- Health Belief Model
The Health Belief Model (HBM) seeks to understand why certain health behaviors are engaged in while others are not. It is one of the oldest and most popular models in health promotion. The basic concept behind the HBM is that for behavioral change to succeed, an individual must feel concerned or threatened by their current behavior (i.e., smoking, not exercising, eating poorly) and must believe that changing the behavior will be beneficial at an acceptable cost. The key areas of the HBM include: perceived susceptibility, perceived severity, perceived benefits, perceived barriers, cues to action, and self-efficacy (which other models also include as part of the behavior change process). Each of these components has an effect on behavior and the beliefs can be measured in interviews or population-wide surveys.
- Theory of Reasoned Action and Theory of Planned Behavior
The Theory of Reasoned Action (TRA) and Planned Behavior (TPB) are similar to the Health Belief Model in the sense that they have the same underlying characteristics which are often grouped as value expectancy theories. The TRA/TPB Model was developed after the Health Belief Model and grew out of a need to understand the relationship between the individual and his or her behavior. Both TRA and TPB emphasize that motivation (intention) has a strong basis for changing behavior. The TRA contains the following components: beliefs (behavioral and normative), attitudes, intentions, and behavior. The underlying framework of TRA is that behavioral intention is affected by the individual's attitude toward performing that behavior, and that attitude is affected by the individual's beliefs about outcomes or attributes of performing the behavior and the associated outcomes. In other words, if the goal is to lose weight and the individual believes that exercise will help him or her achieve that goal, the person is more likely to engage in the activity versus someone who thinks it will not help them. The second part of TRA is that individuals who believe that important people in their lives (normative beliefs) will approve or disapprove of the behavior -- and are motivated to obtain approval from these individuals -- will hold a positive subjective norm. The Theory of Planned Behavior (TPB) is an extension of TRA with the added component of perceived behavioral control to account for factors outside of the individual's control that may affect his or her intention or behavior. For example, a person will expend more effort to perform a certain behavior such as exercise when his or her perception of behavioral control is high.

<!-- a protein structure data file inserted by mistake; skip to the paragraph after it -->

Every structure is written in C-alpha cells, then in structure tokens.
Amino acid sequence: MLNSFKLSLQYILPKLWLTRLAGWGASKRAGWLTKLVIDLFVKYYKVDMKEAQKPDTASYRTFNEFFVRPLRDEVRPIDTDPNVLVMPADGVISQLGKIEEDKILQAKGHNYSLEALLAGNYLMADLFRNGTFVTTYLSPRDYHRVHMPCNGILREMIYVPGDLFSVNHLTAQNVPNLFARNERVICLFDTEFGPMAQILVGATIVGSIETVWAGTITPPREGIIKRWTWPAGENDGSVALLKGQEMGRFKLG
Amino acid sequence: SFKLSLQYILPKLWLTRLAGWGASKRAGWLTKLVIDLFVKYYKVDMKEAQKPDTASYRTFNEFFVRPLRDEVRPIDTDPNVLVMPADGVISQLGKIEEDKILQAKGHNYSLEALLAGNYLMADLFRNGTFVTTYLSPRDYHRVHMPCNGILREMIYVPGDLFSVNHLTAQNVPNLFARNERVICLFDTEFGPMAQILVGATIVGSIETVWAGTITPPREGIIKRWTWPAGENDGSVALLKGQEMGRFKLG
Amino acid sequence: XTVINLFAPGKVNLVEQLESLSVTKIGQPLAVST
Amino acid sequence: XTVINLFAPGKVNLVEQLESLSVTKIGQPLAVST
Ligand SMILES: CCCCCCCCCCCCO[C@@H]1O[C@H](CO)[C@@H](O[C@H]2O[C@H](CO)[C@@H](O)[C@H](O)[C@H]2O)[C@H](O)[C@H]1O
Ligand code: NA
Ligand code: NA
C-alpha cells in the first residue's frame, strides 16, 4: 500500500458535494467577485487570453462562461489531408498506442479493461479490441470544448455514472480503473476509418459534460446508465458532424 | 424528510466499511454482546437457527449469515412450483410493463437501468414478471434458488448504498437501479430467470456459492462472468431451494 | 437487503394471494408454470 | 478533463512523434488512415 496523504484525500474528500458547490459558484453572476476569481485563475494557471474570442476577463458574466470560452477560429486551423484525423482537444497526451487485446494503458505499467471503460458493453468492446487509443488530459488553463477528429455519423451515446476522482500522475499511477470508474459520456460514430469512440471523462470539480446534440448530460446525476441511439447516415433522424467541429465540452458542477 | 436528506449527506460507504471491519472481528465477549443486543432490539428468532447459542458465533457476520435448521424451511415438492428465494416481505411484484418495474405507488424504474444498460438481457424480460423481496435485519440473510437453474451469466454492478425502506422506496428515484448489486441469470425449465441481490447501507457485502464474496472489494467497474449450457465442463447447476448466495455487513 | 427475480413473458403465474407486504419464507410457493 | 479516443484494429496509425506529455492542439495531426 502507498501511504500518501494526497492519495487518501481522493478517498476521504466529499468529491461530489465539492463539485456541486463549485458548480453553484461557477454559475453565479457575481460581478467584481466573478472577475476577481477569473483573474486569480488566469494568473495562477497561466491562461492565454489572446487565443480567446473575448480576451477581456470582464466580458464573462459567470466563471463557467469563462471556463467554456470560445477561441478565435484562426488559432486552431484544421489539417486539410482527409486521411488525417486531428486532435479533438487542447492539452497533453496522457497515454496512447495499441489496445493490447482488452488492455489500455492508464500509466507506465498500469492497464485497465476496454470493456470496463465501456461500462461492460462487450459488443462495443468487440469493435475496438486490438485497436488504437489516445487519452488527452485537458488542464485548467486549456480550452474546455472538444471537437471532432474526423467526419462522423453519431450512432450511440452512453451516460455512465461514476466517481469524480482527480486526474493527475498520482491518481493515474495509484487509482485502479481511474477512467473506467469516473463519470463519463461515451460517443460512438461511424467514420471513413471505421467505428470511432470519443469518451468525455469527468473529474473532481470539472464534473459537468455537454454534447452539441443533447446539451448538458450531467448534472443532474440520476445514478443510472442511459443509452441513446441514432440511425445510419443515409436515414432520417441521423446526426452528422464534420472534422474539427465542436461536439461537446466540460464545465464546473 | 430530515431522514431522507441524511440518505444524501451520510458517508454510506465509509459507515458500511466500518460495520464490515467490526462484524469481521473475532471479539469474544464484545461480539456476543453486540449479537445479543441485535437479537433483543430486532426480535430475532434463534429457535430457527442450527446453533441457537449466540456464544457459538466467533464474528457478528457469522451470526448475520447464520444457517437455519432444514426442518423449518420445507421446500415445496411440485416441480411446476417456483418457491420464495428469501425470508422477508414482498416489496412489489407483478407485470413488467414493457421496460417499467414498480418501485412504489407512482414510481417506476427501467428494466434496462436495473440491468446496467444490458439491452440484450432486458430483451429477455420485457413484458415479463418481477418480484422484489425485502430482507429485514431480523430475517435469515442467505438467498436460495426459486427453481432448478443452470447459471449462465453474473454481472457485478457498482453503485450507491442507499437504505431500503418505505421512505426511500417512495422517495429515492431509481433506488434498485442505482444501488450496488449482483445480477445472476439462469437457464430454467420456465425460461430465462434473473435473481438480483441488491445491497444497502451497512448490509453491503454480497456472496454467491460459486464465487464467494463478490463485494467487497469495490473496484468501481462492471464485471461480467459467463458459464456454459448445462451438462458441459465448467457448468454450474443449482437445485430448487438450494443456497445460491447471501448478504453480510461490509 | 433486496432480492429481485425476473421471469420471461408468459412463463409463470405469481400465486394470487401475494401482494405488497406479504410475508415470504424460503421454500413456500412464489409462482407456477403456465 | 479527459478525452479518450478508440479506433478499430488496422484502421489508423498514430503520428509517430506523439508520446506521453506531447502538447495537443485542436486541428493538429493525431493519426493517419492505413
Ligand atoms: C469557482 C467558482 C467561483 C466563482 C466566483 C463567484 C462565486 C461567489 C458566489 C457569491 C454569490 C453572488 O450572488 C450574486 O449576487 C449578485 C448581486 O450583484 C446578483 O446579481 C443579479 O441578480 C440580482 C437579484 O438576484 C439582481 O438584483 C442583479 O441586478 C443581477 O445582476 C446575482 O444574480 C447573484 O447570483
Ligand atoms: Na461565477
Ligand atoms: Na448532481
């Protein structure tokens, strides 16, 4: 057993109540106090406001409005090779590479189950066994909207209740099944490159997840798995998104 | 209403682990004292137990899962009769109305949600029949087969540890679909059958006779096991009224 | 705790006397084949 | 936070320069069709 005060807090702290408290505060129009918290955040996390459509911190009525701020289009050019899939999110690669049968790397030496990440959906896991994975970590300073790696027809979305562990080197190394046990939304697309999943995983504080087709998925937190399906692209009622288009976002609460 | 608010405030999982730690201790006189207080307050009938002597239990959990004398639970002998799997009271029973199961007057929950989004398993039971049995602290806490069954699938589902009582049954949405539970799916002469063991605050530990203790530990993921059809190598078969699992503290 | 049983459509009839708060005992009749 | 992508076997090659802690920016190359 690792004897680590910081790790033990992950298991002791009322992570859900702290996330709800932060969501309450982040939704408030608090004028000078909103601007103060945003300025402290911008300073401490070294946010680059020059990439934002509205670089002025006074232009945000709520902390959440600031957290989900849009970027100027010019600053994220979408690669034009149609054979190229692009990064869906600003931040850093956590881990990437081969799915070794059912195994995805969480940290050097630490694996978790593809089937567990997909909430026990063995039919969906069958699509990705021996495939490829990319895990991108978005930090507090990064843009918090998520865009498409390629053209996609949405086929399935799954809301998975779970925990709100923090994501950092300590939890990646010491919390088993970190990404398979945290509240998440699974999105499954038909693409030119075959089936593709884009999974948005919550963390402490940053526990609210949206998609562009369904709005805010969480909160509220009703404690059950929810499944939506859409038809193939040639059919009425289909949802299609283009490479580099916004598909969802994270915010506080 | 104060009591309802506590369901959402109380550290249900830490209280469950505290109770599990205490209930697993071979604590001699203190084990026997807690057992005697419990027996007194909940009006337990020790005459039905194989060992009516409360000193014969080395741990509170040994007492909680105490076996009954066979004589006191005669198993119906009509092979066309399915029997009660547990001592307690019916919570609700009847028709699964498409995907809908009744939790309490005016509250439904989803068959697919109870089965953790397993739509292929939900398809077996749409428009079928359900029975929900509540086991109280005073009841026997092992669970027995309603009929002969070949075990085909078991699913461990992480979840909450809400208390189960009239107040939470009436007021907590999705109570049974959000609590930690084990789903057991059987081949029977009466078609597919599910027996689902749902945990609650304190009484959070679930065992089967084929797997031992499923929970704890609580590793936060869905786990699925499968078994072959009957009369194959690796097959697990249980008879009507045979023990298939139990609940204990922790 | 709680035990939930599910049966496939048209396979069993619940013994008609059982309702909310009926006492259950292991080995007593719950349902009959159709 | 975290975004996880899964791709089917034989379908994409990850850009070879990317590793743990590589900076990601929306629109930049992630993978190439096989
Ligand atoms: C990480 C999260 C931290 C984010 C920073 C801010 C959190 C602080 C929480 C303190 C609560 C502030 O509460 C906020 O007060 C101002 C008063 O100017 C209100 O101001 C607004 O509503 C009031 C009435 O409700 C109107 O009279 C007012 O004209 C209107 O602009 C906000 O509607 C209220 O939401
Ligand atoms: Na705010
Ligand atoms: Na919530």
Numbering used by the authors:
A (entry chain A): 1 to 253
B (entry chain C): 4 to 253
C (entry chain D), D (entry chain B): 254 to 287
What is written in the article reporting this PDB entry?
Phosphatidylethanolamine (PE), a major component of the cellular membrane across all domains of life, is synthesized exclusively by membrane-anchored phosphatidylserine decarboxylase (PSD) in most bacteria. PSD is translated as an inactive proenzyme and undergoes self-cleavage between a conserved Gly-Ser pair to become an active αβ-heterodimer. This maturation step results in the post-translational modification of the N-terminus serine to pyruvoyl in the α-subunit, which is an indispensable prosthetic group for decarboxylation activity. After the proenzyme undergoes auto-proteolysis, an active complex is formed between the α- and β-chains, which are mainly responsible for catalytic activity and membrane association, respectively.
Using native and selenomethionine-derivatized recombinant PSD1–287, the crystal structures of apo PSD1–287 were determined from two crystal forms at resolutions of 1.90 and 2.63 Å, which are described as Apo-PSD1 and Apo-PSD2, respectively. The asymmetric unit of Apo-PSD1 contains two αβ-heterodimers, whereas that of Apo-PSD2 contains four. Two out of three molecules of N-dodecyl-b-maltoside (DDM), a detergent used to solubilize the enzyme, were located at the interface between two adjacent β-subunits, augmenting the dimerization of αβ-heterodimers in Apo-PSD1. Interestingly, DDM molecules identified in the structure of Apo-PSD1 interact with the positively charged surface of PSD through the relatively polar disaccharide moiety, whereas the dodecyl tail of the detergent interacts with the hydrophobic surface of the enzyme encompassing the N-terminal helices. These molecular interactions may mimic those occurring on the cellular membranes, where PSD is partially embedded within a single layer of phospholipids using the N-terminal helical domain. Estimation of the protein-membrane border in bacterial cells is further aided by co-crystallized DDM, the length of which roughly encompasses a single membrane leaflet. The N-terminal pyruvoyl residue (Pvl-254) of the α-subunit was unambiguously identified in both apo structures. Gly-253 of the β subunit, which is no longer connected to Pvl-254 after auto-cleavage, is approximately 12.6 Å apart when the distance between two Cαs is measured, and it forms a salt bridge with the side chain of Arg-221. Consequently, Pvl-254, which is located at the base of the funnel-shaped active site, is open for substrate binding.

Many of the theories associated with behavior change have a common theme that encompasses people's self-efficacy and/or their motivation or desire to perform the activity if they are able to do so and perceive that it will help them. Bottom Line: it is important for individuals with disabilities and health promotion professionals who target a behavior such as increasing physical activity to understand that changing a negative behavior into a positive one requires an understanding of what drives the individual to engage in the negative behavior and what motivates them to make a change.